These submodules contain the command line tools for things like training and evaluating models. You probably don’t want to call most of them directly. Instead, just create a script that calls allennlp.commands.main() and it will automatically inherit all of the subcommands in this module.

The included module is such a script:

$ python -m --help
usage: run [command]

Run AllenNLP

optional arguments:
-h, --help  show this help message and exit


    predict   Use a trained model to make predictions.
    train     Train a model
    serve     Run the web service and demo.
    evaluate  Evaluate the specified model + dataset

However, it only knows about the models and classes that are included with AllenNLP. Once you start creating custom models, you’ll need to make your own script which imports them and then calls main().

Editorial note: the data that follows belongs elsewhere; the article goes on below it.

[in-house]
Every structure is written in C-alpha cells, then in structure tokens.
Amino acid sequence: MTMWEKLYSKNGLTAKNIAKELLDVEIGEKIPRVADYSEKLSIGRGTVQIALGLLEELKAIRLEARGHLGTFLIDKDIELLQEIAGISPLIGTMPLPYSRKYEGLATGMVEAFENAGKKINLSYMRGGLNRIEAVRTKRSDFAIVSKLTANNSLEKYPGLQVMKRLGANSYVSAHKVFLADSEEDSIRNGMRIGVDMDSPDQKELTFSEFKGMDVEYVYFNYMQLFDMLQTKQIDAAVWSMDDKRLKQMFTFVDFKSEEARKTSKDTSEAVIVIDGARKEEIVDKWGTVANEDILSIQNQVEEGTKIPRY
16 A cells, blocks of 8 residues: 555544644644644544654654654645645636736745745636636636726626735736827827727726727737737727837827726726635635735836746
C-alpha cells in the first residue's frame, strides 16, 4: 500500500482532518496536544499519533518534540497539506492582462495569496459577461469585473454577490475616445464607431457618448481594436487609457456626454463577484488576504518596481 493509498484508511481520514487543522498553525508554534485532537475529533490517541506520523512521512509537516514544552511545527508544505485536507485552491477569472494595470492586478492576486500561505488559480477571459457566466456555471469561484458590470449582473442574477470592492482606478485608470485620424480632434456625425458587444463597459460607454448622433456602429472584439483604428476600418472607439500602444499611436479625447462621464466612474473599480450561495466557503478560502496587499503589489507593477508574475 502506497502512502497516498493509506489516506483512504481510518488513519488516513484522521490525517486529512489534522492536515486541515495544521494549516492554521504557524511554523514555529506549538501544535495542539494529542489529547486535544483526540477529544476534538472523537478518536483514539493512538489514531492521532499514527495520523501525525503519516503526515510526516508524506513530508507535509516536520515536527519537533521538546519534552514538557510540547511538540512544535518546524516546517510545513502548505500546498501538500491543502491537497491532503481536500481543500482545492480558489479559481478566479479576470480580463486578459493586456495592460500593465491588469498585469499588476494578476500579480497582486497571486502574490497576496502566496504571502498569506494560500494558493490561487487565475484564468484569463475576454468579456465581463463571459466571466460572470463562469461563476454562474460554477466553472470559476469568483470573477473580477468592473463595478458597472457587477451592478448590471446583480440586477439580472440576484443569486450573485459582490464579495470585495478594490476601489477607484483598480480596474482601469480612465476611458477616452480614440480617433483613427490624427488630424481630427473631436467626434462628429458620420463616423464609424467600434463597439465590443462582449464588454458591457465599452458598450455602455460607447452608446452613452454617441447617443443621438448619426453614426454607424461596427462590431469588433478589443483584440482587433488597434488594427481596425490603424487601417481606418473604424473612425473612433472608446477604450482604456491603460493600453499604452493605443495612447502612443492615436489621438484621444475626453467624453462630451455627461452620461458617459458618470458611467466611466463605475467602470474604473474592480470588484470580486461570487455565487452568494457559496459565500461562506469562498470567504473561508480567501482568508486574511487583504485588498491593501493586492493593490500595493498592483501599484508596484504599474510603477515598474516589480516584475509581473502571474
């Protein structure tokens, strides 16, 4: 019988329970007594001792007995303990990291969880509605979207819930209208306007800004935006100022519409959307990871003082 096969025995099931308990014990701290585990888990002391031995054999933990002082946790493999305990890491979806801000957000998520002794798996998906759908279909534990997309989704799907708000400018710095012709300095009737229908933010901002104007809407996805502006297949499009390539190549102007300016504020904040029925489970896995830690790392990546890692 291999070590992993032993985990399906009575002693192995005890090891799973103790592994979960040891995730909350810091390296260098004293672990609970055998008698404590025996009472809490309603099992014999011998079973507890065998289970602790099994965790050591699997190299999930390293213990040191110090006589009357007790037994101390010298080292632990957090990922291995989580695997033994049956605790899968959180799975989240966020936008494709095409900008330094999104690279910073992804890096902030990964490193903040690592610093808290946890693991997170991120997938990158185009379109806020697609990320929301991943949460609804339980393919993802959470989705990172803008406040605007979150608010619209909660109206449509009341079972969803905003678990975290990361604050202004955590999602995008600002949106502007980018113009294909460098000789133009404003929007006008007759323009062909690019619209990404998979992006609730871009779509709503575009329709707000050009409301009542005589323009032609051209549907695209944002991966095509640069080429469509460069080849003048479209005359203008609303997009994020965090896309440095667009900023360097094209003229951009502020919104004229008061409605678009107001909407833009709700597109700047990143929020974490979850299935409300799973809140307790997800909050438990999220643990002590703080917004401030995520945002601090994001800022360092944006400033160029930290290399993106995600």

allennlp.commands.main(prog: str = None, model_overrides: typing.Dict[str, allennlp.service.predictors.predictor.DemoModel] = {}, predictor_overrides: typing.Dict[str, str] = {}, subcommand_overrides: typing.Dict[str, allennlp.commands.subcommand.Subcommand] = {}) → None[source]

The run command only knows about the registered classes in the allennlp codebase. In particular, once you start creating your own Model s and so forth, it won’t work for them. However, is simply a wrapper around this function. To use the command line interface with your own custom classes, just create your own script that imports all of the classes you want and then calls main().

The default models for serve and the default predictors for predict are defined above. If you’d like to add more or use different ones, the model_overrides and predictor_overrides arguments will take precedence over the defaults.